HDFC Life is one of the top insurers with a lot of sensitive customer information that must be kept secure at the highest level. To ensure that this sensitive data is protected at the highest level, Ajay and our team at OpsLyft decided to move forward with zero-trust architecture.
To make deployments a breeze and one less responsibility for developers, we moved forward with automation achieved through scalable CI/CD pipelines set up on Gitlab.
While scalability and maximum security were the major requirements of Ajay and his team at HDFC Life, we had to keep costs in check, too, because cloud infrastructure costs can shoot up exponentially. Constant infrastructure monitoring was set up using New Relic and OpsLyft’s cloud cost management tool to maintain cost efficiency.
While setting up the infrastructure, OpsLyft faced some fundamental challenges to ensure there was no scope for any security and efficiency lapse.
Ajay and his team wanted that according to CIS benchmarks, we should take an Amazon-managed base image and do manual hardening upon it. While configuring the same, our team realized that it was too complex, and a better approach would be to purchase hardened images from the Amazon marketplace.
Ajay wanted to use MongoDB, but to save costs, our team and Ajay’s team decided that we would be manually setting it up rather than using MongoDB Atlas. For the same, we set up MongoDB on the EC2 instance. The challenge with it was that the image of the EC2 instance was the hardened one that we purchased from the AWS marketplace and many permissions were restricted in it for security reasons. We manually allowed many policies in SELinux and rules in the IP table.
We had to set up MongoDB on a single EC2 instance for both the dev and staging environments. We resolved this by making SElinux and MongoDB compatible with each other. We made this possible by using an open-source project on GitHub and making custom changes.
We set up the CloudFlare tunnel on an EC2 instance and connected it to the CloudFlare zero-trust network.
We set up logging in the dev, staging and prod environment and the logs are being sent to CloudWatch. Additionally, logs are being exported to s3 as well for log retention for up to 1 year.
OpsLyft and HDFC Life decided on the following tech stack so that the infrastructure is cost-efficient and as well has zero-trust capabilities:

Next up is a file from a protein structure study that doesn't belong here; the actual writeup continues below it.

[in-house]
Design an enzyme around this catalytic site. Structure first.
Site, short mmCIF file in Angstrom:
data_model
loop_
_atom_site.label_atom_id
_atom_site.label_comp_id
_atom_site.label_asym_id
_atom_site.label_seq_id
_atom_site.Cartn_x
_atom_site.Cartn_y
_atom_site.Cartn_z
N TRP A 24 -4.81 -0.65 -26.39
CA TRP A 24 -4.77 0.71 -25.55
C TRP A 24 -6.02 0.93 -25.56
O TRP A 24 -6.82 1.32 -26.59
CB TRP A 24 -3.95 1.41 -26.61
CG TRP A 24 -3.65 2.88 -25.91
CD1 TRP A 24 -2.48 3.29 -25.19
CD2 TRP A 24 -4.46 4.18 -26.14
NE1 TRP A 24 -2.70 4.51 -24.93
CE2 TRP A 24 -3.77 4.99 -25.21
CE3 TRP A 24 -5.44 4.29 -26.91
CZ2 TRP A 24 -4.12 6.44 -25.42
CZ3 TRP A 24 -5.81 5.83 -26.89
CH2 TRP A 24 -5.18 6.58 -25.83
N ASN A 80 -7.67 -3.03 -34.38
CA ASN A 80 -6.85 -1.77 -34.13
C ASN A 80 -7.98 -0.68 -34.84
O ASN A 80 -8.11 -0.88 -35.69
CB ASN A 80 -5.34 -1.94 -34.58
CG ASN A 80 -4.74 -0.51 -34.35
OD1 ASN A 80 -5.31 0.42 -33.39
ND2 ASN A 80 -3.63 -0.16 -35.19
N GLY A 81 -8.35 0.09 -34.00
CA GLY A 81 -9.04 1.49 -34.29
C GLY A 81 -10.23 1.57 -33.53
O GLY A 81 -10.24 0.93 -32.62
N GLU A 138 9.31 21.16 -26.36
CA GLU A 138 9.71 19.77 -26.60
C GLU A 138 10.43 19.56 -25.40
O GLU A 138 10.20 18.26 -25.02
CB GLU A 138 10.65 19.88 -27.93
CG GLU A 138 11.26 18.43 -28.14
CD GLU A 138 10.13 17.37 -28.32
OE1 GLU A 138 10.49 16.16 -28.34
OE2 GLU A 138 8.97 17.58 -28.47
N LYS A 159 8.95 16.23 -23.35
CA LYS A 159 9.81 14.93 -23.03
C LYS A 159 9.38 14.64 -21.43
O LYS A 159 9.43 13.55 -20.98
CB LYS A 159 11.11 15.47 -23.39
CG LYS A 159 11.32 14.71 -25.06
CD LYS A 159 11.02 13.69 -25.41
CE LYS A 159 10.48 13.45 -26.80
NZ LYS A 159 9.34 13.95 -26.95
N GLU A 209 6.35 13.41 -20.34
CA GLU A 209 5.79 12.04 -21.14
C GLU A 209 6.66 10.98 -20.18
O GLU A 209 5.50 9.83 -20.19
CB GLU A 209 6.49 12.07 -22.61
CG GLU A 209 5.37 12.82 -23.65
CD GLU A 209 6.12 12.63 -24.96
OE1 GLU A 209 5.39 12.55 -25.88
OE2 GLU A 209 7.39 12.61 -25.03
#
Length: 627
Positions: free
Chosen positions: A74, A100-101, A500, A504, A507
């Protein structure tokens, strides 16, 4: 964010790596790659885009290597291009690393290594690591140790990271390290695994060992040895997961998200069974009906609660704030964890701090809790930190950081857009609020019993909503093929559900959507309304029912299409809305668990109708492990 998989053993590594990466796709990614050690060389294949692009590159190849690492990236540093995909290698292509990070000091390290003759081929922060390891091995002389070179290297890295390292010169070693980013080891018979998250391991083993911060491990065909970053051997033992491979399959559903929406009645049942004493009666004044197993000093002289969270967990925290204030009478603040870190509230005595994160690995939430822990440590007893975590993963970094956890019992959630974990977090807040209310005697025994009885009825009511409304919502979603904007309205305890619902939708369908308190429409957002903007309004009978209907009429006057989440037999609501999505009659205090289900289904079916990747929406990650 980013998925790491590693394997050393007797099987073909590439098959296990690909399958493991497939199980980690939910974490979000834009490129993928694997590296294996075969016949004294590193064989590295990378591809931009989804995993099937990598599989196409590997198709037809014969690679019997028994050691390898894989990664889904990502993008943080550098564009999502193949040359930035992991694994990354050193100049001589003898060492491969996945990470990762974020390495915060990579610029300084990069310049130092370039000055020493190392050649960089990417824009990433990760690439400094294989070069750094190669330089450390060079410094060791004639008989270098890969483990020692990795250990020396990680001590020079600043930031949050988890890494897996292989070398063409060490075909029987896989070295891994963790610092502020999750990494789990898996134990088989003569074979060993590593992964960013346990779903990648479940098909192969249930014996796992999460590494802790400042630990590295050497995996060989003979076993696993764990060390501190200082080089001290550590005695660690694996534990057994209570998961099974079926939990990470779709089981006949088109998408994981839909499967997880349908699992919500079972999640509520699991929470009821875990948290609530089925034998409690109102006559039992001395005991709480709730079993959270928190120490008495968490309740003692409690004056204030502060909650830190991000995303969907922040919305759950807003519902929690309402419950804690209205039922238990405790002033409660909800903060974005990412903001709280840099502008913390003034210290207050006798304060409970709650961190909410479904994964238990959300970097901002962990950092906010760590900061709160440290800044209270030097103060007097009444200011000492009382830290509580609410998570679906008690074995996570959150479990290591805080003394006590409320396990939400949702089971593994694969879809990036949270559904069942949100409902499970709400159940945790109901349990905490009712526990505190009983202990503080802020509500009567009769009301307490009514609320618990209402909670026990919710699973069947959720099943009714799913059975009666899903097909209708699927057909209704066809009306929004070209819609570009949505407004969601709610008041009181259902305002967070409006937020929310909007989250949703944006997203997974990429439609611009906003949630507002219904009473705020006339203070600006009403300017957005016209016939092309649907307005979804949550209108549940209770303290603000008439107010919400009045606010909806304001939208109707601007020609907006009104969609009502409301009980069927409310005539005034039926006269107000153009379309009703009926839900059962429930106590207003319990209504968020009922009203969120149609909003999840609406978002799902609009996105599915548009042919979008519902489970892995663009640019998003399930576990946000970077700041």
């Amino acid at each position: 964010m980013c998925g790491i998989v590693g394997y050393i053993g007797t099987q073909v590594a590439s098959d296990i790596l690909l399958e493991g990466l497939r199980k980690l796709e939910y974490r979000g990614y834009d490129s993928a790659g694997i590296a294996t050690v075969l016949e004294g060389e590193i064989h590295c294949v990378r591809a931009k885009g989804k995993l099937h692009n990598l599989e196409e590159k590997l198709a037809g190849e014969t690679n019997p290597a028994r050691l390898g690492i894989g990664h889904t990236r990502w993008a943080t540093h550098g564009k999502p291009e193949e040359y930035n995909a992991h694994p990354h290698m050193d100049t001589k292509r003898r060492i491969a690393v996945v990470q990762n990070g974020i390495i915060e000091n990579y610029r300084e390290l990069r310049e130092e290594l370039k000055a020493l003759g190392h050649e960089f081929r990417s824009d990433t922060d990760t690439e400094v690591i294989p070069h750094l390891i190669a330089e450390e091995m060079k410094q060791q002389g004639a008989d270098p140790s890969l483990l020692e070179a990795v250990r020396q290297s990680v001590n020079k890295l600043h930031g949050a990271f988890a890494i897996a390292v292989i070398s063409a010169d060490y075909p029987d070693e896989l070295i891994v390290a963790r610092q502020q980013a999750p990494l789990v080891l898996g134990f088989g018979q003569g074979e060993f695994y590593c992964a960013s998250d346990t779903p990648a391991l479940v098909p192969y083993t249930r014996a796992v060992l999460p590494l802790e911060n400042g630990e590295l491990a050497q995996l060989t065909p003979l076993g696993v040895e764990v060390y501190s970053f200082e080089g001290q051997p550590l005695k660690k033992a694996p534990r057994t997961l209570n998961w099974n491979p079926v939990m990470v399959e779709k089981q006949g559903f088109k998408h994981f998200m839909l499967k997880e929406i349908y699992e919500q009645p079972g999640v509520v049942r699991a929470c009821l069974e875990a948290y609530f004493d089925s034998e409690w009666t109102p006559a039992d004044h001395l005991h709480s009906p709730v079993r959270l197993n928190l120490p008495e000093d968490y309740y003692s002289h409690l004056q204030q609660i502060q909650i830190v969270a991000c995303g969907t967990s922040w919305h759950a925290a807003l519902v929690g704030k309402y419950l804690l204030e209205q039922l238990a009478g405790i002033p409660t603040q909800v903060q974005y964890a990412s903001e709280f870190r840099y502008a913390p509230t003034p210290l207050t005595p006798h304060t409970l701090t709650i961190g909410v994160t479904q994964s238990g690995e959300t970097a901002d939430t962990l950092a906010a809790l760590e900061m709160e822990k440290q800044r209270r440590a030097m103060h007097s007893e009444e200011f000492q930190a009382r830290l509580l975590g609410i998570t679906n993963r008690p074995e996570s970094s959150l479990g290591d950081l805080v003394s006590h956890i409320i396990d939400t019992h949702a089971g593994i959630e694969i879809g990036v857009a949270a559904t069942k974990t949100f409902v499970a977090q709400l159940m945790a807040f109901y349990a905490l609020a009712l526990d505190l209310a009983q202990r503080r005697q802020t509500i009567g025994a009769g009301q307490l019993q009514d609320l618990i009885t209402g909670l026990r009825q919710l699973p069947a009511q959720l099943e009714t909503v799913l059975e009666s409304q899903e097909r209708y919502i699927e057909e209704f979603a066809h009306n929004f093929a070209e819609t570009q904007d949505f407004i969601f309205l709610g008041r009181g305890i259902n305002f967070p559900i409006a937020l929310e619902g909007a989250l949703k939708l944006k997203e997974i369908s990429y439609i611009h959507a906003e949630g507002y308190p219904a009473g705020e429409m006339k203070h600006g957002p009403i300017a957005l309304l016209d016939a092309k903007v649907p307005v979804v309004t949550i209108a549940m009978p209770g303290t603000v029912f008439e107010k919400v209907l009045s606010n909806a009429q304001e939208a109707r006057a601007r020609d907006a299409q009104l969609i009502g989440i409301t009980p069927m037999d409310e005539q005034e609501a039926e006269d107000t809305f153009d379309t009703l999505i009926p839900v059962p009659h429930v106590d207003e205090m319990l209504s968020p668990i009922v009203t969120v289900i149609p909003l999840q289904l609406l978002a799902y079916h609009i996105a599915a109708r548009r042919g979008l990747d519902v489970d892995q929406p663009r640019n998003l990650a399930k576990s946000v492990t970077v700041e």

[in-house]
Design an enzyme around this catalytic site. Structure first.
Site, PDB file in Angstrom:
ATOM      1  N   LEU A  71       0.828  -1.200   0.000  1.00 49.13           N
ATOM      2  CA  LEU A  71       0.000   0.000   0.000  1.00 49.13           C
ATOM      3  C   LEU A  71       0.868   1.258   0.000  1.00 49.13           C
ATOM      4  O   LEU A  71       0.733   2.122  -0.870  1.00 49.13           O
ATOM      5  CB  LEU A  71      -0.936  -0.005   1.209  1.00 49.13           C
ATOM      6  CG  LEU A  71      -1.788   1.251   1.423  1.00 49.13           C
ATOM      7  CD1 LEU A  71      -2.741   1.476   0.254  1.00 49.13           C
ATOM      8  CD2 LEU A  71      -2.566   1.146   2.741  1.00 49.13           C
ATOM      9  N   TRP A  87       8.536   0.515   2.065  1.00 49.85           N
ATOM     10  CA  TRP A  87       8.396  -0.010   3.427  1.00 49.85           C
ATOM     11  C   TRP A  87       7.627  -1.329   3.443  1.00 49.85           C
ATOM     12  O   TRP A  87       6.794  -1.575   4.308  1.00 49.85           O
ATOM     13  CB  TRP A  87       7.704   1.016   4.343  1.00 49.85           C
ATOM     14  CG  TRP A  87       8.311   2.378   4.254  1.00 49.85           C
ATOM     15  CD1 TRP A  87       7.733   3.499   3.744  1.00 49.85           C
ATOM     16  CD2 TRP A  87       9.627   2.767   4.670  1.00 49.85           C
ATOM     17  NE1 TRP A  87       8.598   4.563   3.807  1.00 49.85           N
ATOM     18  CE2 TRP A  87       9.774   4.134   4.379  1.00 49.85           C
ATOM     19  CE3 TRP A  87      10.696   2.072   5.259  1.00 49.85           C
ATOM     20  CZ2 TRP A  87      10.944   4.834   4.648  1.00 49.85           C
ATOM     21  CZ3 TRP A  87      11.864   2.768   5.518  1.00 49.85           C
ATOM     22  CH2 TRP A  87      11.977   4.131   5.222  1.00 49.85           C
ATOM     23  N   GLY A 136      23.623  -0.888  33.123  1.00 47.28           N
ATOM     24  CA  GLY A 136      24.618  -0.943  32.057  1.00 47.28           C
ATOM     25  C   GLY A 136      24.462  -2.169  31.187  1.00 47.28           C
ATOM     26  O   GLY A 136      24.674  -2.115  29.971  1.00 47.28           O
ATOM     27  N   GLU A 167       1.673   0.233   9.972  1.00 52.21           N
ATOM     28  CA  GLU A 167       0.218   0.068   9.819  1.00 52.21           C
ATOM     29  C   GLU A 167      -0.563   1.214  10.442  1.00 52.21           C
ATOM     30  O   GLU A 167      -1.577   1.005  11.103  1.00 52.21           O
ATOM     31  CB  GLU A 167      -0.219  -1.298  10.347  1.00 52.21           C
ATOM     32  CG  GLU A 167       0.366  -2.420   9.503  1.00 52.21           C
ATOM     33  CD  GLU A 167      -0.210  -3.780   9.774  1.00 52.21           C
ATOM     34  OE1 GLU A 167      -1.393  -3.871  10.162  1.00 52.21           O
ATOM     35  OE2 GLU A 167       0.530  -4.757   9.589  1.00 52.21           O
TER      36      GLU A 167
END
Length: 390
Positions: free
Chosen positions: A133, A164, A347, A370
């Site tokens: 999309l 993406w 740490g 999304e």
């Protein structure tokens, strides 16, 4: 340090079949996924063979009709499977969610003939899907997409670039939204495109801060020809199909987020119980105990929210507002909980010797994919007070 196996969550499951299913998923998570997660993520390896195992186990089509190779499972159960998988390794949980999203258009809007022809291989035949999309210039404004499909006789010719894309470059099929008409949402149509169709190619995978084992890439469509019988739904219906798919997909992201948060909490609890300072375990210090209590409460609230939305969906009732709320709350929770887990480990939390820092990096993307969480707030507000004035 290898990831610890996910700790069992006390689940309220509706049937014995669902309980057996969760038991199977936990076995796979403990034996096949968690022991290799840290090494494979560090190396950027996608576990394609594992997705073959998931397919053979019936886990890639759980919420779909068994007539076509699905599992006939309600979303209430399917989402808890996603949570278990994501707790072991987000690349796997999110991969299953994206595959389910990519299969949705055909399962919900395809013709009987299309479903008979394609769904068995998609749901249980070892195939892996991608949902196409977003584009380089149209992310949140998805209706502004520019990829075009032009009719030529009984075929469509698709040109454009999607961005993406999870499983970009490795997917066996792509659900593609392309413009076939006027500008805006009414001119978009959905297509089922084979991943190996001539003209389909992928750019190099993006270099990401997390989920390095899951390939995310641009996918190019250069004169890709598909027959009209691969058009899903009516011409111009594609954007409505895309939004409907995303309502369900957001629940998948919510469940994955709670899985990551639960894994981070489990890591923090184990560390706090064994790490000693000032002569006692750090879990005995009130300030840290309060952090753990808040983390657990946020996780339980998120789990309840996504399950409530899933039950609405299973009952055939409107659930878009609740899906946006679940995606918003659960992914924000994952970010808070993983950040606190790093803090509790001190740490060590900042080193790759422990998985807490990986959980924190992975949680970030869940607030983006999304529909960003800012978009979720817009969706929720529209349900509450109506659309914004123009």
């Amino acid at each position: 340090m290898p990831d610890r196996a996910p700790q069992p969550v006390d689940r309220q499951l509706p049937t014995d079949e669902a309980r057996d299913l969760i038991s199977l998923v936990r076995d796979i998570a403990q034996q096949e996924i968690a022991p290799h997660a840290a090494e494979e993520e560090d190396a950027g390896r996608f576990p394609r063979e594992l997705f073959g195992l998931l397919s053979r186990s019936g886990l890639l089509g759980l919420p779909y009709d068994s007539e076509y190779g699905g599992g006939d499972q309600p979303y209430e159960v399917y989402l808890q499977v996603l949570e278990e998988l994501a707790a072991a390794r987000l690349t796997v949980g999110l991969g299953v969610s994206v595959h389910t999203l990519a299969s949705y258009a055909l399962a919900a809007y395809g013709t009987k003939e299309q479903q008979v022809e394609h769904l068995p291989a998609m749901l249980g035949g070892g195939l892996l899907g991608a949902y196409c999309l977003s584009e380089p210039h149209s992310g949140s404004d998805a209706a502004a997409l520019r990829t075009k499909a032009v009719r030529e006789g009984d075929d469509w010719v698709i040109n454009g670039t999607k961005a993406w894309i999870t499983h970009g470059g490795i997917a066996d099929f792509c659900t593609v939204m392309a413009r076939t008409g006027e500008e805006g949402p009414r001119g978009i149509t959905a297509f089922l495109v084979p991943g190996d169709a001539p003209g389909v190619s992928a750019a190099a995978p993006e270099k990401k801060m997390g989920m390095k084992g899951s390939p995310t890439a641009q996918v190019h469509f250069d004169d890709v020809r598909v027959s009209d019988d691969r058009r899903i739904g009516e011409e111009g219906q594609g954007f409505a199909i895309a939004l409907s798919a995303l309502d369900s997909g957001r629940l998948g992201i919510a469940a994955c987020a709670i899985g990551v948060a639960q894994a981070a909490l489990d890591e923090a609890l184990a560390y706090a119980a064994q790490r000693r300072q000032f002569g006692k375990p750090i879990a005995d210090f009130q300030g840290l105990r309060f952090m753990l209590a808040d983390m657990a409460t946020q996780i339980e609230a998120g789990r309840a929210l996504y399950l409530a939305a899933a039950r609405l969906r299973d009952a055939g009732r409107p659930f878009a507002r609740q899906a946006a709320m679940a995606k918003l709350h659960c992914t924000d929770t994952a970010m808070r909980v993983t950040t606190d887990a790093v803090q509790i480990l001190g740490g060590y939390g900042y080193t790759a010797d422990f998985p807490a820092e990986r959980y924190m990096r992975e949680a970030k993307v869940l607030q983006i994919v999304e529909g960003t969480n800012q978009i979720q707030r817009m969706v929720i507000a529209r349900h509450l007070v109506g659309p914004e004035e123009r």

AWS was chosen as the trusted cloud provider because of the vast feature set and Terraform for Infrastructure as Code.
For security, CloudFlare was selected because of its zero-trust network and because as it has easy integration, provides WAF and CDN under a single control panel, has great performance and has many locations in India.
Backend microservices were deployed on AWS ECS Fargate. For Frontend applications, nextjs was used, which also runs on ECS. Static contents were stored in s3 buckets and cached by CDN, resulting in better performance overall.
MongoDB was selected as the database solution. To save cost on it, OpsLyft is self-managing MongoDB by setting up the MongoDB cluster on EC2 instances.
For version control, Gitlab Premium was used. CI/CD Pipelines were also written to deploy microservices to dev/staging and production environments.
New Relic has been integrated with AWS accounts for infrastructure monitoring and observability.
AWS Elasticache Redis cluster was used to manage user sessions.
AWS Control Tower was used to manage multiple AWS accounts and Organisational Units as it provides centralized visibility into all other AWS accounts.
Cypress was also integrated such that automated test cases ran every time a new temporary environment was spun up. Based on the results produced by Cypress, the CICD pipeline either failed or passed.
Ajay and his team got a production-ready cost-efficient zero-trust architecture in under 4 weeks.
Developers can just focus on developing applications without worrying about deployment.
Their infrastructure is running on CIS standard machines maximizing their security.
Integration of Cloudflare as a zero-trust network and its CDN has sped up the delivery time significantly.
Use of Cloudflare CDN has helped reduce data transfer costs.
With enhanced CI/CD pipelines developers can launch a new temporary environment to see their pull request changes live in action before merging, which increases developer speed a lot by removing the time developers have to wait in review before the changes can be merged and seen live.
Changes in GitLab CICD made possible a temporary environment that made feature testing really fast.